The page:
Mr. Fernandez says ophthalmologists often fail to appreciate deficiencies in their management or personal style that could affect patient satisfaction. “When your physician reviews speak to your ability to deliver exceptional outcomes but mention nothing about personal demeanor, this is usually a good indicator that things need to change,” he says. “While patients may respect your expertise, what they’re looking for these days are doctors and support people they can relate to. I suggest looking for simple ways to connect.”  

When doing observational work in practices, Dr. Golden asks ophthalmologists to rate the importance of patient satisfaction on a scale of one to 10. “That question is critical,” he says. “I find that physicians who aren’t very good at satisfying patients rate patient satisfaction as a lower priority. Cognitively, they have to change that priority or they’re never going to improve.”


Changing Things Up

Sometimes increasing patient satisfaction can boil down to revamping your office layout, patient flow and other aspects of your physical practice. Ophthalmologists and consultants weigh in on what modifications can produce the best results.

“In our case we were stuck with what we had—one waiting room and no dilation room—because of space limitations,” says Dr. Packer. “We gave patients something to do while they were dilating, such as iPads with questionnaires that would help them understand more about what might have been affecting them, such as dry eye, cataracts and other conditions.Once patients were seen by technicians and they were waiting for a doctor, if they were doing something that was tailored to them personally, it kept them busy and made the time go by faster.”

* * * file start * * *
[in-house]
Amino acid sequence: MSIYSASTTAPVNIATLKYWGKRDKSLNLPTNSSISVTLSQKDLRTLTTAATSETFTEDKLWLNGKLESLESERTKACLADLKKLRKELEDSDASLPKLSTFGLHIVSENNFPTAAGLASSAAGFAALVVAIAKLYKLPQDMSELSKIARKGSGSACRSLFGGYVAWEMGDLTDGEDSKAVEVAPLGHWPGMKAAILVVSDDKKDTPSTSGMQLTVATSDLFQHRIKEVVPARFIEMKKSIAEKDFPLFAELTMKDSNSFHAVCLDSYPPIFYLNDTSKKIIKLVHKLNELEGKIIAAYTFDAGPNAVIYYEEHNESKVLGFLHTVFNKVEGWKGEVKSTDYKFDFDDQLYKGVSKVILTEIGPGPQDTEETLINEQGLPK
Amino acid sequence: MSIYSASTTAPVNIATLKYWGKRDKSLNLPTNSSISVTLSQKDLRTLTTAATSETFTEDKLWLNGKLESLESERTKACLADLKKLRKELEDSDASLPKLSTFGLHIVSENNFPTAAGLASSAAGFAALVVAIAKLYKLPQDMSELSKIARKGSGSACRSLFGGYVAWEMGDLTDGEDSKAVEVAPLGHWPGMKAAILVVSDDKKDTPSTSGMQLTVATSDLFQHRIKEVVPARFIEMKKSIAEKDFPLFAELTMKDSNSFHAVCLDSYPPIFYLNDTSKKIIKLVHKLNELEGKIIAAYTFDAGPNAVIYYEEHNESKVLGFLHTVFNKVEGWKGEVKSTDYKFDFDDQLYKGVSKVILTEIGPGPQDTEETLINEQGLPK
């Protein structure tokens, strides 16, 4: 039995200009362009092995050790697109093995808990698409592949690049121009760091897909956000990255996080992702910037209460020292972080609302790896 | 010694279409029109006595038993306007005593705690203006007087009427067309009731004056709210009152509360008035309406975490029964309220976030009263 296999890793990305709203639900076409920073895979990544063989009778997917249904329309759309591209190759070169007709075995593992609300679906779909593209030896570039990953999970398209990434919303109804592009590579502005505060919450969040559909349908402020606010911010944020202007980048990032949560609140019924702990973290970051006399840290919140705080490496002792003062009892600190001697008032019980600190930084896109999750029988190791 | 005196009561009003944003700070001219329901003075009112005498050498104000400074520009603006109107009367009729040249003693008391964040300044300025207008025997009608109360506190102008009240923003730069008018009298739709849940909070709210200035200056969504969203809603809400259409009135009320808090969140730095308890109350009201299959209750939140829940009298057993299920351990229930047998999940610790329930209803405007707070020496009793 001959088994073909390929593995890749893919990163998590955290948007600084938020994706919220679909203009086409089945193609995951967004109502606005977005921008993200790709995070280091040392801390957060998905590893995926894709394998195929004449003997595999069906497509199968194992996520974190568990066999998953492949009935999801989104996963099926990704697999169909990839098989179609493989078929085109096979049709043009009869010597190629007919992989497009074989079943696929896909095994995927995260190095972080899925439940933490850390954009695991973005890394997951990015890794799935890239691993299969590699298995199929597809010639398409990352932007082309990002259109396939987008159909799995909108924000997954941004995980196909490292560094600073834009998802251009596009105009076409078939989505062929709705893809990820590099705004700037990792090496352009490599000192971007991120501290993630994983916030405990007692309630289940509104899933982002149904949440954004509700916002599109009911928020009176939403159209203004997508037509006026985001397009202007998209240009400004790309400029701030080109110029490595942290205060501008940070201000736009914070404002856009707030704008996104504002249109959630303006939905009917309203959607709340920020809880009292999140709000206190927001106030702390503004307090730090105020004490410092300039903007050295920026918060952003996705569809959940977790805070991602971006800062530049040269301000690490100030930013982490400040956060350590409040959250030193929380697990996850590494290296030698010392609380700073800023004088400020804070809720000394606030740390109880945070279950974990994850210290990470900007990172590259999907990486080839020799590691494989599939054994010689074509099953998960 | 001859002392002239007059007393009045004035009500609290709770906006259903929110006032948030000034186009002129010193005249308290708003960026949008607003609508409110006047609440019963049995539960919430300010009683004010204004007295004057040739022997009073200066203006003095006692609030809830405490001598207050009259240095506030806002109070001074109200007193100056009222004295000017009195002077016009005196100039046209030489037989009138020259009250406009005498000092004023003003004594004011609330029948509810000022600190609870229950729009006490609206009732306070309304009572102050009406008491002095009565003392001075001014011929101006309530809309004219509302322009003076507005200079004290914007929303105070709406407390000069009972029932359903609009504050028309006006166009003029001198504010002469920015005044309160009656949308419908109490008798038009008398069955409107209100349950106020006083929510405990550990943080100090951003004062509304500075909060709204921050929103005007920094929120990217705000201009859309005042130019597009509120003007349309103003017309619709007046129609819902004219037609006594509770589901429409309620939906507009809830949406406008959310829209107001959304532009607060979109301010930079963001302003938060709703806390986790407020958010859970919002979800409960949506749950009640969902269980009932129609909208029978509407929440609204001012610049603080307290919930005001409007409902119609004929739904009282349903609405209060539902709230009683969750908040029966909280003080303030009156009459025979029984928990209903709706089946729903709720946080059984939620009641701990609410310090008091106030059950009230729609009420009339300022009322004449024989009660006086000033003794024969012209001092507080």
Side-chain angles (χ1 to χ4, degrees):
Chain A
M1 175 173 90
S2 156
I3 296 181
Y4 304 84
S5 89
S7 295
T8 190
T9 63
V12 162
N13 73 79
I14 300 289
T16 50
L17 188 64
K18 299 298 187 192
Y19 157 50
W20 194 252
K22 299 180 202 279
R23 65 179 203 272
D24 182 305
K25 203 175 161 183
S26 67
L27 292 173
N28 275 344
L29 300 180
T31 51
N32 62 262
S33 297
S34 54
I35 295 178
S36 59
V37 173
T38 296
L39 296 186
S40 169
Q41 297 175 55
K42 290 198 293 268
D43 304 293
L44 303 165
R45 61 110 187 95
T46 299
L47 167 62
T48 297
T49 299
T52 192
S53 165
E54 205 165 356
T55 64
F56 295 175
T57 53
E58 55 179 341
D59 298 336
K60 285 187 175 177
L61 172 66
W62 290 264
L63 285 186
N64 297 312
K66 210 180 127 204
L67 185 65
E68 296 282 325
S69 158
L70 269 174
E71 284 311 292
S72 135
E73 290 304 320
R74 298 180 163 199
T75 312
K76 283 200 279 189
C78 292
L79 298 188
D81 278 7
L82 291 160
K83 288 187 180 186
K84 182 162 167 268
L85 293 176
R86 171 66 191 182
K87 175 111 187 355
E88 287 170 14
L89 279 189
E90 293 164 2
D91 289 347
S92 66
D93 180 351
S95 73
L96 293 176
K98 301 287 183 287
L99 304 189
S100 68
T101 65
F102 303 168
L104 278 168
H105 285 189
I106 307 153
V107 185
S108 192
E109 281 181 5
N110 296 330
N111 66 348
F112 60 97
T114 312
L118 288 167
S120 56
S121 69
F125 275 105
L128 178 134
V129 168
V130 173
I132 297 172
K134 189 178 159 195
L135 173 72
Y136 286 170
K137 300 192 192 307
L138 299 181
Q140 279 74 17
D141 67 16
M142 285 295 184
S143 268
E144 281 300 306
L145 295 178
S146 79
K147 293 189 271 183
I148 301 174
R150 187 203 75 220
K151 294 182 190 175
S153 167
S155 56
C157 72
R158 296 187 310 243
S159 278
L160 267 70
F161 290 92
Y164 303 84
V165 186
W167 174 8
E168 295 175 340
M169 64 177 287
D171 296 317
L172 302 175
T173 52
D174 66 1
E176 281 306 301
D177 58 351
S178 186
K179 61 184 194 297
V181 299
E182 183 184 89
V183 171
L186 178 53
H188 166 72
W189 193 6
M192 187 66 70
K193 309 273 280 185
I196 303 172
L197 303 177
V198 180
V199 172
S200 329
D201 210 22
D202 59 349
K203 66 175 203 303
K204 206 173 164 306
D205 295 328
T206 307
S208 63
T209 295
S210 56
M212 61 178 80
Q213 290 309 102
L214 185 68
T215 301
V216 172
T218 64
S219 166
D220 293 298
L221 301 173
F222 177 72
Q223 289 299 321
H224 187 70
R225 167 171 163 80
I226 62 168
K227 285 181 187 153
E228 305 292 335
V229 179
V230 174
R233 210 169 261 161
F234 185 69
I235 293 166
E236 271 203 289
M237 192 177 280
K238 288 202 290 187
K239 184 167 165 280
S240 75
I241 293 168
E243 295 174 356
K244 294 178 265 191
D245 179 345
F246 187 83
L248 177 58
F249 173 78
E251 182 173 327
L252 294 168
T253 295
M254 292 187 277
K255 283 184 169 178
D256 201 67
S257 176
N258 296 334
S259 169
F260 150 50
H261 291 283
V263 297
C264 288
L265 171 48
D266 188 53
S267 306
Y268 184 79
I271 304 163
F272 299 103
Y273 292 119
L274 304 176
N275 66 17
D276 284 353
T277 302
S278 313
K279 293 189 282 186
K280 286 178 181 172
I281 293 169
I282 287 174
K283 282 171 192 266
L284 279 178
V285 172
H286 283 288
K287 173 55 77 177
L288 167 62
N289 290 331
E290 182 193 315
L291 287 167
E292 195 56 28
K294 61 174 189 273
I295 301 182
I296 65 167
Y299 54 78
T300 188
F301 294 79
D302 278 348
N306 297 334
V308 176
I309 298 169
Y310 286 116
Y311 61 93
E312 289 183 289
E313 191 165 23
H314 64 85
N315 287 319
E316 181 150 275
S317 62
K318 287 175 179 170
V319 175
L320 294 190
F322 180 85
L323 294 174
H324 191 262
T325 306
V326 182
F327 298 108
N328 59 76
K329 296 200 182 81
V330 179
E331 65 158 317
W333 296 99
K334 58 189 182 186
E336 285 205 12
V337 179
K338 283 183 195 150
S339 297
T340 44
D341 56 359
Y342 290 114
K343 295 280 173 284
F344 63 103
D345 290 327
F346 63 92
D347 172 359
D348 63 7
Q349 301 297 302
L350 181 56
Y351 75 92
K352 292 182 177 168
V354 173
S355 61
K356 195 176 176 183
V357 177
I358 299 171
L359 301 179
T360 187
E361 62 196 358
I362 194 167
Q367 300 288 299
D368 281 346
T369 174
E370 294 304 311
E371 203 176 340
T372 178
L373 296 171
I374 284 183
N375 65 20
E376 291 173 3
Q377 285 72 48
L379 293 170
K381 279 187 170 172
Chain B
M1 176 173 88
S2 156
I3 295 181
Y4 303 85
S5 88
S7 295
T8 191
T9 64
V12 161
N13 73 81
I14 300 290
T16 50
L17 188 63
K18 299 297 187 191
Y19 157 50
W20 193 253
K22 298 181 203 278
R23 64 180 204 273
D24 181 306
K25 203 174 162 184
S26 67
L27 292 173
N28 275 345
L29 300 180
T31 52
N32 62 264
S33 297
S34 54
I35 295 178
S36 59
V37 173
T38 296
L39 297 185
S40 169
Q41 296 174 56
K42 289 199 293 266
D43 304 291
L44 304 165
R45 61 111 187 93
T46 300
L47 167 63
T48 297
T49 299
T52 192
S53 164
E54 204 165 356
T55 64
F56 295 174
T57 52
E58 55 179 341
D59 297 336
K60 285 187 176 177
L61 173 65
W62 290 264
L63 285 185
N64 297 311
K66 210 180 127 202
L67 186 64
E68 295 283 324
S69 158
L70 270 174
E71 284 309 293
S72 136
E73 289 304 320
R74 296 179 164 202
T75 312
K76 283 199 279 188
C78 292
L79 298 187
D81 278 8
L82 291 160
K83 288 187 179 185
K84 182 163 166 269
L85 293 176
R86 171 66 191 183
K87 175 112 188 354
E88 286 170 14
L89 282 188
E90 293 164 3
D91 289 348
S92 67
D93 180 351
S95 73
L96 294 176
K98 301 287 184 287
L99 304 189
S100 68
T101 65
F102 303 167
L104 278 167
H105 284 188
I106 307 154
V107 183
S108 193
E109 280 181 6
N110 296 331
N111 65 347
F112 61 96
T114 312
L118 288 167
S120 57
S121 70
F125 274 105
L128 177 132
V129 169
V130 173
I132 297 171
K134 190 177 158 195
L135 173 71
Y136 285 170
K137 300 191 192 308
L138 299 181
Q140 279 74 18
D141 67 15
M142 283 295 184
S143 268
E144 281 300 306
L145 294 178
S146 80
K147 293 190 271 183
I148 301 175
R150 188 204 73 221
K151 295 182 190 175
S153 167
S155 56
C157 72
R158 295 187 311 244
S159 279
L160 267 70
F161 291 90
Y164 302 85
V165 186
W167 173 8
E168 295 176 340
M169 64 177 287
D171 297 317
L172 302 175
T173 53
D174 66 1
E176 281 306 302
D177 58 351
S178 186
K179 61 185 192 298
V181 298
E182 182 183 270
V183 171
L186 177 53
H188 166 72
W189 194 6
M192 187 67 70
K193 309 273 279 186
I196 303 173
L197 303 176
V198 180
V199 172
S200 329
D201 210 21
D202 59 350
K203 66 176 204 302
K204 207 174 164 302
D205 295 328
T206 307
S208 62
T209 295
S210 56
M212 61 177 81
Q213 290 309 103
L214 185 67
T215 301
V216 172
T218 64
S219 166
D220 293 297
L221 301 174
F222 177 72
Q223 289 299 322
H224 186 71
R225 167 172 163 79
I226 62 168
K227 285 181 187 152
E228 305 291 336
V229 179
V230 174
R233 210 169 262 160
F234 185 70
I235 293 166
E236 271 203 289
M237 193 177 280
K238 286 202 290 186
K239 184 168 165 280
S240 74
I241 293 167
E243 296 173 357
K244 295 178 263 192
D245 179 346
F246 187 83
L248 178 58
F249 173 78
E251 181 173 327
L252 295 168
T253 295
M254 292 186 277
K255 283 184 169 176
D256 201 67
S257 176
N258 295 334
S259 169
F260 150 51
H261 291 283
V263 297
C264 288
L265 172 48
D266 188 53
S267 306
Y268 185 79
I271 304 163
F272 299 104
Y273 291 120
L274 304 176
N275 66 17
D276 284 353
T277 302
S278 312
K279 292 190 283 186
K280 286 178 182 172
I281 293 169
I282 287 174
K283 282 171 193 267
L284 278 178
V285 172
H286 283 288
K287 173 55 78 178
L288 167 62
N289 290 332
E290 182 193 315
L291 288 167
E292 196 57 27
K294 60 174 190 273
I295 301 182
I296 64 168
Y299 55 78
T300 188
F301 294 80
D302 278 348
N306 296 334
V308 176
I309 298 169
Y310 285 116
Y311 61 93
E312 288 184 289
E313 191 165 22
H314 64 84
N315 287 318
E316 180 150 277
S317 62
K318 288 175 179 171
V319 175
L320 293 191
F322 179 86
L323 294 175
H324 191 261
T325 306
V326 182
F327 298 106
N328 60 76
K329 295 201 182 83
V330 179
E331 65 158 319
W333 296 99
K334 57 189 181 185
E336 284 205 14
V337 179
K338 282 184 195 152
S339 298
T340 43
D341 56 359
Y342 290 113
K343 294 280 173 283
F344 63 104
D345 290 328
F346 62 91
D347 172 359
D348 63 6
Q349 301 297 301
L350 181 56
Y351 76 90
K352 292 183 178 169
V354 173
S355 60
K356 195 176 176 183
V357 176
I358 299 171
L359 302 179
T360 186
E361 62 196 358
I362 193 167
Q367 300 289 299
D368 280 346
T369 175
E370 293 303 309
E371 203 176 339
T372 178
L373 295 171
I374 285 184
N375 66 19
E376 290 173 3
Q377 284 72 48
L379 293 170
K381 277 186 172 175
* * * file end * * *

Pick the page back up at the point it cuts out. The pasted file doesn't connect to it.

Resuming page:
When modifying her practice, Dr. Donaldson responded to an analysis of waiting and processing times. “We now have all the technicians clustered in one area and all of the physicians together in another area,” she says. “We used to have a technician stay with the physician and patient.”

 The practice also now clusters similar types of patients. “For example, ocular surface disease patients [cluster together], allowing us to concentrate a certain period of time on those patients,” she continues. “We put the postoperative patients together so their visits can be better expedited. We schedule certain half-days for refractive patients. By grouping these patients by half-days or by other time frames needed to ensure efficient, high-quality care, you can expedite their flow through the office.”